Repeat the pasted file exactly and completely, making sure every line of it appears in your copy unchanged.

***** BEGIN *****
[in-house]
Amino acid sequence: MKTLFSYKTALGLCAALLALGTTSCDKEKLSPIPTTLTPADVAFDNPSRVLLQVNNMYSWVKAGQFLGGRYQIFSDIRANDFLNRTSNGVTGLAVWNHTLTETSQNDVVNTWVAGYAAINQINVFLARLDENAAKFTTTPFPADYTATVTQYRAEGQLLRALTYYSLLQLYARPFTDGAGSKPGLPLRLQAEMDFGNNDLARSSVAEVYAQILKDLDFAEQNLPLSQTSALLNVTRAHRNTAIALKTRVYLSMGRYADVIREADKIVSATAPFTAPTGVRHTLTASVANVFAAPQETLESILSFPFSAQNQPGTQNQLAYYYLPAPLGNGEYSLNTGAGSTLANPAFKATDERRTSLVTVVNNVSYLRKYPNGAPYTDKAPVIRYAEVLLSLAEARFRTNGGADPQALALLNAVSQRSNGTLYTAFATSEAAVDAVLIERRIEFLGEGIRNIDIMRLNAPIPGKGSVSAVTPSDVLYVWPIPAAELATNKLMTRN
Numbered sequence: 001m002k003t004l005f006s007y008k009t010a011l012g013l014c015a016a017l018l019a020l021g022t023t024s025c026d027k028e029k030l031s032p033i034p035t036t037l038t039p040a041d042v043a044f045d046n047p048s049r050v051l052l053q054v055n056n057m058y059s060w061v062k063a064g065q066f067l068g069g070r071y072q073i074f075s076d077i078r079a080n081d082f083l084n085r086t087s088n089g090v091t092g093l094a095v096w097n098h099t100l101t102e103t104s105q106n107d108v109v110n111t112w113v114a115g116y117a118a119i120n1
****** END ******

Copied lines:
[in-house]
Amino acid sequence: MKTLFSYKTALGLCAALLALGTTSCDKEKLSPIPTTLTPADVAFDNPSRVLLQVNNMYSWVKAGQFLGGRYQIFSDIRANDFLNRTSNGVTGLAVWNHTLTETSQNDVVNTWVAGYAAINQINVFLARLDENAAKFTTTPFPADYTATVTQYRAEGQLLRALTYYSLLQLYARPFTDGAGSKPGLPLRLQAEMDFGNNDLARSSVAEVYAQILKDLDFAEQNLPLSQTSALLNVTRAHRNTAIALKTRVYLSMGRYADVIREADKIVSATAPFTAPTGVRHTLTASVANVFAAPQETLESILSFPFSAQNQPGTQNQLAYYYLPAPLGNGEYSLNTGAGSTLANPAFKATDERRTSLVTVVNNVSYLRKYPNGAPYTDKAPVIRYAEVLLSLAEARFRTNGGADPQALALLNAVSQRSNGTLYTAFATSEAAVDAVLIERRIEFLGEGIRNIDIMRLNAPIPGKGSVSAVTPSDVLYVWPIPAAELATNKLMTRN
Numbered sequence: 001m002k003t004l005f006s007y008k009t010a011l012g013l014c015a016a017l018l019a020l021g022t023t024s025c026d027k028e029k030l031s032p033i034p035t036t037l038t039p040a041d042v043a044f045d046n047p048s049r050v051l052l053q054v055n056n057m058y059s060w061v062k063a064g065q066f067l068g069g070r071y072q073i074f075s076d077i078r079a080n081d082f083l084n085r086t087s088n089g090v091t092g093l094a095v096w097n098h099t100l101t102e103t104s105q106n107d108v109v110n111t112w113v114a115g116y117a118a119i120n1